This Good Friday, more than 1200 medicine, nursing, dentistry, physiotherapy, audiology, biomedical, science, speech pathology and social work student students from the University of Melbourne will run a Teddy Bear Hospital (TBH) to raise funds for the Royal Children’s Hospital Good Friday appeal.
A commitment to sustainability and a renewed focus on global engagement with universities, industry and community are at the heart of the University of Melbourne’s latest strategic plan, released today.
School expenditures have increased by 17 per cent from 2001 to 2009, while student performance has declined by 2.5 per cent - equivalent to about one third of a year of schooling – according to a report in September’s Australian Economic Review.
The University of Melbourne’s state-of-the-art Veterinary Hospital in Werribee will open its doors this Sunday to the community and future students. Around 2000 expected visitors will be able to speak to veterinary staff and join in interactive activities and tours as part of the University of Melbourne Veterinary Science Open Day and Pet Expo.
Six outstanding students from the University of Melbourne have been awarded with international scholarships under the Prime Minister’s Australia Asia Endeavour Awards, the most of any Australian institution.
Professor Lyn Yates says funding for school buildings and facilities will help improve student morale and retention rates.
In today’s state budget, the Victorian Government has allocated $402 million toward the rebuilding and renovation of 113 state government schools across the state. These funds will be combined with the Federal government’s allocation of $686 million for Victorian schools’ infrastructure projects.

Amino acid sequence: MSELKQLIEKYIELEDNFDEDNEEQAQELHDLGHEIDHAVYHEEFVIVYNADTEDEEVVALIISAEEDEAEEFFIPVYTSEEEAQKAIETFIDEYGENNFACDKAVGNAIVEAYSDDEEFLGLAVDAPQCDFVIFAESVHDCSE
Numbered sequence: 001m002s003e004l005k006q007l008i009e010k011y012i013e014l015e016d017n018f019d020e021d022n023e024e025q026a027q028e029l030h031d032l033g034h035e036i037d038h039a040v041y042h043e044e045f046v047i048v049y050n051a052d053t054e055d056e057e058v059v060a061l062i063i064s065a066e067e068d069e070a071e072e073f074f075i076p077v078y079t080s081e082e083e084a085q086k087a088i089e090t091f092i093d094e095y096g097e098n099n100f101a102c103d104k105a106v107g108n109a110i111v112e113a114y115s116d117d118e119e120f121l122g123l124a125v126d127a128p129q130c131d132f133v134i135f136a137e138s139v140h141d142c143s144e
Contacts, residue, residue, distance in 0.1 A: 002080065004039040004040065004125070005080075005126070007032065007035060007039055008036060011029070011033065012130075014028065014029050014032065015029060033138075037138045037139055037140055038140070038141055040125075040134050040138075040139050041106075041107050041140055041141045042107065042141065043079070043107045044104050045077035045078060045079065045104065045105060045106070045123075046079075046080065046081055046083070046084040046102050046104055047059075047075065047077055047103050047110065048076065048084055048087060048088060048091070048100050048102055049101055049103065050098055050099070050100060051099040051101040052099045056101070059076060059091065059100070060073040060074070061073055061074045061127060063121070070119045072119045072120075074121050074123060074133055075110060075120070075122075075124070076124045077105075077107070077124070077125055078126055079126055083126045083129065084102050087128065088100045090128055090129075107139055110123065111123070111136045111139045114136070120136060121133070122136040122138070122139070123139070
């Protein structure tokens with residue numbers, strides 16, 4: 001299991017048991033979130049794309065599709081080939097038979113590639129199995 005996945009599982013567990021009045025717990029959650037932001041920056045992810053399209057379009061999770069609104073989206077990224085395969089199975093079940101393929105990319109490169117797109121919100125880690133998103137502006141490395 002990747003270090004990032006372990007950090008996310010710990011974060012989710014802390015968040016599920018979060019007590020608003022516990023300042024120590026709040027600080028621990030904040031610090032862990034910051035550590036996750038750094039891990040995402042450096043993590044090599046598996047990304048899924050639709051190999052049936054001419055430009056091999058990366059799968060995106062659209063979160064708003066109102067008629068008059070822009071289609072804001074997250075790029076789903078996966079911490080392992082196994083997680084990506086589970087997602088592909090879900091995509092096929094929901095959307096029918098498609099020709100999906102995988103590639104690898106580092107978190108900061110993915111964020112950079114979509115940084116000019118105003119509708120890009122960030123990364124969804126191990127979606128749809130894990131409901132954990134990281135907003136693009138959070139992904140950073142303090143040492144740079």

Professor Yates said receiving such a large amount of funding from the Federal government in such dire financial times was an encouraging sign that the Government was taking investment in education seriously and that the funding will do a lot more than simply make things look “shiny and new.”
“Teachers, students and parents really get a sense of whether or not they are valued in an institution if it is shiny and new, we should never underestimate the morale and valuing aspect of improvements of infrastructure,” she says.
Professor Yates predicted these improvements could increase retention rates, with students actually enjoying their surroundings and deciding to stay on till year 12. Professor Yates also said she hoped this funding will begin to close the disparity between rich and poor schools by “at least making the base level something people will feel happy about.”
Professor Lyn Yates is Professor of Curriculum in the Graduate School of Education.